I thank the Ceann Comhairle. Cahir Boys' national school and Our Lady of Mercy Convent girls' school have been waiting nearly 30 years to amalgamate. The amalgamation is supported by everyone, including the boards of management, parents councils and the communities. Thankfully, a site has been obtained from the Sisters of Mercy for a new building. The conditions in the existing school buildings are beyond belief. One third of the population of Cahir is made up of newcomers who have been embraced by and integrated into the community. It is fabulous to see children of so many different nationalities taking part in school activities. I ask the Taoiseach to please impress upon the Minister for Education and Skills the need to progress this contract to tender stage. This badly needed facility needs to be operating in Cahir for the many students, families and teaching staff who are awaiting it. The new amalgamation has been delayed for decades and everyone is weary and wants to see progress.
-----commitment in respect of that issue. It is a matter for the Minister for Education and Skills but I will inform him that Deputy Mattie McGrath raised it and ask him to reply directly.
I raise the tragic case of the family who were recommended by the National Maternity Hospital, Holles Street to have an abortion without a diagnostic test or without one of the medical practitioners even meeting the mother. The Minister for Health has been sitting on this information for four weeks, the Attorney General has been briefed and the family has sat with the chief medical officer for hours. It has been stated, however, that the Government knows nothing of this matter. It has also been stated that this is a private issue. That contradicts the wishes of the family, who have asked me to bring it into the public domain in order to ensure that it will never happen again. In section 20 of the Government legislation, and I paraphrase, it is stated no later than 28 days after the abortion has been carried out, the medical practitioner who performed it shall forward a record of the abortion to the Minister for Health. The termination of a healthy baby was completed on 14 March. The record should have been with the Minister for Health by 12 April but did not happen. I understand that no record of the abortion was sent by the hospital to the Minister until after the solicitor for the family raised this shocking case. This is another clear breach of the law. What is worse is that the Minister has known about this breach for more than a month and has done nothing to challenge the hospital regarding this illegal act. This leads to a number of serious questions-----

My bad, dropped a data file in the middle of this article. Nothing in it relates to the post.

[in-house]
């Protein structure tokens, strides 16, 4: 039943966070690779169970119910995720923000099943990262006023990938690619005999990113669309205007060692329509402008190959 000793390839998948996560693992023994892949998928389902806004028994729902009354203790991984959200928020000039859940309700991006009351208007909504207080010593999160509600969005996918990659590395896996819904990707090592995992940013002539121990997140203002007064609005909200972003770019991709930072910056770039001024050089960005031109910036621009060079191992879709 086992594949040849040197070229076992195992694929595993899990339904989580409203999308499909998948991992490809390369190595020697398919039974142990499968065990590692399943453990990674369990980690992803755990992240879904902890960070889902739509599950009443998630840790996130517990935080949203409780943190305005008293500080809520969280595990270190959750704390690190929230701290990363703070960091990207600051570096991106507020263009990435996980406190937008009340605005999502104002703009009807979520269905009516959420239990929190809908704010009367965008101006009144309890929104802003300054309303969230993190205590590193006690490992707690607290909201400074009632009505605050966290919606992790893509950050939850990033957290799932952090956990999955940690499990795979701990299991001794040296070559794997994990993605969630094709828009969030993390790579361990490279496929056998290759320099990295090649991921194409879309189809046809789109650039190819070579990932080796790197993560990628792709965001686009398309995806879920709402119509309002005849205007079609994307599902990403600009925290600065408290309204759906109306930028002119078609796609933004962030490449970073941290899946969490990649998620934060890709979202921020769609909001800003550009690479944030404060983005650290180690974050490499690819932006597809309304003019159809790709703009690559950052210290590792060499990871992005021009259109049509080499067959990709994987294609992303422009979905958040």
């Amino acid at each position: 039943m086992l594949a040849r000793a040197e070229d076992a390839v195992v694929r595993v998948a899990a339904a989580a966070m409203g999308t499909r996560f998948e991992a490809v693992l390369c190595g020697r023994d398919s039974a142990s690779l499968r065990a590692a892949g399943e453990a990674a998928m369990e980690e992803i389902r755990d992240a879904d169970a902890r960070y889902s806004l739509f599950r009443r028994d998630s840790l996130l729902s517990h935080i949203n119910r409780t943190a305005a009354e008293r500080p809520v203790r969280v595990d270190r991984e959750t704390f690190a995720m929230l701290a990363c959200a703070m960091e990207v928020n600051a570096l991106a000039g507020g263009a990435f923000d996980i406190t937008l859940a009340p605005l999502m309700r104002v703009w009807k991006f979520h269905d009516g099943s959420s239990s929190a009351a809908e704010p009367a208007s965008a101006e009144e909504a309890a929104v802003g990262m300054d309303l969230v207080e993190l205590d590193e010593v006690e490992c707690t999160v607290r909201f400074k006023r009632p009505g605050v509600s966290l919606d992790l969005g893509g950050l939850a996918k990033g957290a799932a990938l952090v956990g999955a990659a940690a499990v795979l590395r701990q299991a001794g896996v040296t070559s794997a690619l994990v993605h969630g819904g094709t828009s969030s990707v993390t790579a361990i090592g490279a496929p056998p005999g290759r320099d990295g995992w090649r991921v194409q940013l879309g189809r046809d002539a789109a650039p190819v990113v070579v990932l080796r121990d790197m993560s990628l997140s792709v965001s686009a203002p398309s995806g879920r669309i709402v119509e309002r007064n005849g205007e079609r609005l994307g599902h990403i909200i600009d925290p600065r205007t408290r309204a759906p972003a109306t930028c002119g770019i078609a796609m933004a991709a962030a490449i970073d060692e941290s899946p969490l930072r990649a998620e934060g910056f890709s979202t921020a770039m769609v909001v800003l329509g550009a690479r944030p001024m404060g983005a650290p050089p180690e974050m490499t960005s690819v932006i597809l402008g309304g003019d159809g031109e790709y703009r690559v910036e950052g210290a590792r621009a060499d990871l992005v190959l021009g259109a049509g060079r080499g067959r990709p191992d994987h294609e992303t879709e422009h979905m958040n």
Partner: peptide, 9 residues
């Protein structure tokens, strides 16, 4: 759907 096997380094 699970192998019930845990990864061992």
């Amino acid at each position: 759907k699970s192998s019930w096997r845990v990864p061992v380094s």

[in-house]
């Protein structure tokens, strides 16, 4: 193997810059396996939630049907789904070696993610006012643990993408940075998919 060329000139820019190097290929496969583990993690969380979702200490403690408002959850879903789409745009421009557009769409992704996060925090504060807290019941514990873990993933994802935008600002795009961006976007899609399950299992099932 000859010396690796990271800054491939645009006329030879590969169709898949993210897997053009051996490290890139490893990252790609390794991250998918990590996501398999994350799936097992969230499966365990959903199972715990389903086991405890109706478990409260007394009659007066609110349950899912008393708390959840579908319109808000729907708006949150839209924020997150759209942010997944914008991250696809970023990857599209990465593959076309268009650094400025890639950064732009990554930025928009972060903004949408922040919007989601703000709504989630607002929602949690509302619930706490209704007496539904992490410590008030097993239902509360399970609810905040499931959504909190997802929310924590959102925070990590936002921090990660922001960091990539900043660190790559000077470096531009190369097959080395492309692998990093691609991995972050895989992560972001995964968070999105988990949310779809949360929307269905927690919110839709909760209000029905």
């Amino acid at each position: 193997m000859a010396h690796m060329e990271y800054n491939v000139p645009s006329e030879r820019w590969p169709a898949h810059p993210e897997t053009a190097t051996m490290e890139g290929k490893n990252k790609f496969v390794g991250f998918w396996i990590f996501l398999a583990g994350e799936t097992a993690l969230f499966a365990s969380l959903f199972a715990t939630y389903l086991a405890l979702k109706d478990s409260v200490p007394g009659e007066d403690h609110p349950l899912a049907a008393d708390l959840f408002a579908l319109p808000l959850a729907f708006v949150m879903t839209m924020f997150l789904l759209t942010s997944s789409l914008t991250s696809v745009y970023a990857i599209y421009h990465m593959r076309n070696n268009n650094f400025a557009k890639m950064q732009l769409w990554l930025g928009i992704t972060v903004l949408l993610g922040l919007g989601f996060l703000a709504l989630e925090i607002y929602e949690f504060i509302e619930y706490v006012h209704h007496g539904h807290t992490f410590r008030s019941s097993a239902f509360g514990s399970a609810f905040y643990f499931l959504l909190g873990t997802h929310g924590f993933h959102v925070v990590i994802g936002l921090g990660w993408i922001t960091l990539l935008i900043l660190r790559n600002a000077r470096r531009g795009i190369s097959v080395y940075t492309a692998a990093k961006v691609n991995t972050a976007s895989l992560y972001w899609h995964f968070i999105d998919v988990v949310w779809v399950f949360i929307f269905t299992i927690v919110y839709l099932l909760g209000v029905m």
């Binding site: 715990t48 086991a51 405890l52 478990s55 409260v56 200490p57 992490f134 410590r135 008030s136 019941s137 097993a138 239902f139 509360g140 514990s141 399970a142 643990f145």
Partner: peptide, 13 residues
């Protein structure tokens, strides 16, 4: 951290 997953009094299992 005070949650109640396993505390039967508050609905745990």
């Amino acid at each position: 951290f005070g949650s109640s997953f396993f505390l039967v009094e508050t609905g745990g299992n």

-----a commitment in respect of it in the programme for Government. However, I discussed it with the Minister for Health this morning and I understand that progress is being made on setting up an external inquiry to establish all of the facts.
Following the Taoiseach's announcement yesterday concerning measures to meet our climate change targets, I bring to his attention the fact that engines known as Euro 4 and Euro 5 can still be imported into this country. This is despite the fact that they emit approximately double the amount of CO2that more modern engines emit.
I ask that the Taoiseach examine bringing in an immediate ban on Euro 4 and Euro 5 engines as they are contrary to all good practice with regard to climate change.
This policy and indeed all the hullabaloo yesterday has frightened many people again in rural Ireland. There is a race between Fine Gael and Fianna Fáil to see who would be greener than the Greens. The headline in the paper was that the Government wants to force private motorists out of their cars. I want to tell the Taoiseach that people in rural Ireland cannot manage without a car.
A lot of the Government's ideas are ridiculous and so are its targets. There are 4.8 million people in Ireland, which equates to 0.06% of the world population. India and China equate to 40% of the world's population. If we were totally emissions free, it would only equal 0.13 of 1% in the worldwide context.
I wish to offer the Deputy an assurance in this regard. It is not the policy of Government to force people out of private cars. It is the policy of Government to move away from petrol and diesel cars-----